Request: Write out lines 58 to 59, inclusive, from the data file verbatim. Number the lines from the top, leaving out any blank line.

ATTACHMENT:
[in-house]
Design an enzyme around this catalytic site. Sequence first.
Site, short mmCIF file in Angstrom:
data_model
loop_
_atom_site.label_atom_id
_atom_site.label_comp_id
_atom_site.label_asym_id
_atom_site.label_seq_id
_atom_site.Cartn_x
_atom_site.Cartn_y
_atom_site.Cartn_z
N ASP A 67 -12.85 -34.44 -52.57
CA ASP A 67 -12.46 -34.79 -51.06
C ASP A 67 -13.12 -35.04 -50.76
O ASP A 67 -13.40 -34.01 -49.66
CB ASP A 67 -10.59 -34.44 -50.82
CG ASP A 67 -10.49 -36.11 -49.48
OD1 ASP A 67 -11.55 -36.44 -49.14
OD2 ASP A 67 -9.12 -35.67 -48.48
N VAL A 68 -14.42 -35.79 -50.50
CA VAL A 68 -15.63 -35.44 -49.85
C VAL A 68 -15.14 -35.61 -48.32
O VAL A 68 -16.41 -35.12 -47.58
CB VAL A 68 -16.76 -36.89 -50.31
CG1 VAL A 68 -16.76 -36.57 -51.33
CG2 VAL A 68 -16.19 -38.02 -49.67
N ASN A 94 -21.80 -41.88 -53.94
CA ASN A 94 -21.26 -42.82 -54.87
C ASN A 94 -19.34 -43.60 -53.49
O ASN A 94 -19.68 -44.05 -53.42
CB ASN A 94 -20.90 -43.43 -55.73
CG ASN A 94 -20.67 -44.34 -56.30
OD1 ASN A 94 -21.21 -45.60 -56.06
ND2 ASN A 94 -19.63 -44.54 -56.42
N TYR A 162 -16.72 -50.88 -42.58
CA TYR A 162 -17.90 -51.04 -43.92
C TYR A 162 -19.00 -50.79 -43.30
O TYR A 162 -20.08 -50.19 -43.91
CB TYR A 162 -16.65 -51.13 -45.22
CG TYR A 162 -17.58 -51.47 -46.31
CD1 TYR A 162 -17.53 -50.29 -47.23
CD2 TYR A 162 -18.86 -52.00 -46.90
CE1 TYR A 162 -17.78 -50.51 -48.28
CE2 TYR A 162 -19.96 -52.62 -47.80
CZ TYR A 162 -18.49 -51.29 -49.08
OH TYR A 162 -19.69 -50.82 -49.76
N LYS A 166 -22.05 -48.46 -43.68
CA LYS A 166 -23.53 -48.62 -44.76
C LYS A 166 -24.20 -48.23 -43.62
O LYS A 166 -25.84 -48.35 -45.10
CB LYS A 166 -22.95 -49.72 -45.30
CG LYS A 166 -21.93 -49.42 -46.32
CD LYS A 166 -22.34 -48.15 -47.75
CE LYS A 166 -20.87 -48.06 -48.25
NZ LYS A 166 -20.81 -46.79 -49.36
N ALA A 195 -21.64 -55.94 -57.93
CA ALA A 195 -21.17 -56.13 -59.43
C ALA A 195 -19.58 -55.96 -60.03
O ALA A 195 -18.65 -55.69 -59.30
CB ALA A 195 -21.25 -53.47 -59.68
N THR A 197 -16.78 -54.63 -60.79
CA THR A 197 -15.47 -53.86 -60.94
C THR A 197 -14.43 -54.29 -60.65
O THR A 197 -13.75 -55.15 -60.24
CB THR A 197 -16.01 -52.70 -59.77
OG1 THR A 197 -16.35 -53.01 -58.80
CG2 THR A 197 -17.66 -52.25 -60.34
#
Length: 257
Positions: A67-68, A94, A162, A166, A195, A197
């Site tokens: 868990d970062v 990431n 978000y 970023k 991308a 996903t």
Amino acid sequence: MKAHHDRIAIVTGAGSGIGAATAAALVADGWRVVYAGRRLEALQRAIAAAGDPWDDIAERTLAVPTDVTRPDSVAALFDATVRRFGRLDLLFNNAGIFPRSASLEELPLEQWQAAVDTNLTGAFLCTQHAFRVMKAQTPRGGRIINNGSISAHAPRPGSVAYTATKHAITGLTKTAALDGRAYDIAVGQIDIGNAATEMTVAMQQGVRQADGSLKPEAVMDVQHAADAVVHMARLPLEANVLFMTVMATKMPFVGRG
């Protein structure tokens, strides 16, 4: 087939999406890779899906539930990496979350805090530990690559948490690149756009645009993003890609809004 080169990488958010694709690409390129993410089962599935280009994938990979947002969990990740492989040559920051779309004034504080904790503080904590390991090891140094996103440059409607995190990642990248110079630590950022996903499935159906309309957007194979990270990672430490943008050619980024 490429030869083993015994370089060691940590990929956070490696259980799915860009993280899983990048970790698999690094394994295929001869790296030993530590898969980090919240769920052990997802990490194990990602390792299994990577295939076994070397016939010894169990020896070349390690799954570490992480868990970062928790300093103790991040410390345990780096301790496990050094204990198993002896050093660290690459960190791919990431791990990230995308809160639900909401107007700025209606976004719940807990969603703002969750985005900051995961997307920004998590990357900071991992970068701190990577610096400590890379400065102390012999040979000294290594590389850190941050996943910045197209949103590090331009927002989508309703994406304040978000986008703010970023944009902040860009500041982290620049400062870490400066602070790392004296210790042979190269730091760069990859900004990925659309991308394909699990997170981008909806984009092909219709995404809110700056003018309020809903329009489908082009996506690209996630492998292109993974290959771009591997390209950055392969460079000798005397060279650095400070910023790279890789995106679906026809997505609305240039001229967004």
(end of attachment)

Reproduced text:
CA ALA A 195 -21.17 -56.13 -59.43
C ALA A 195 -19.58 -55.96 -60.03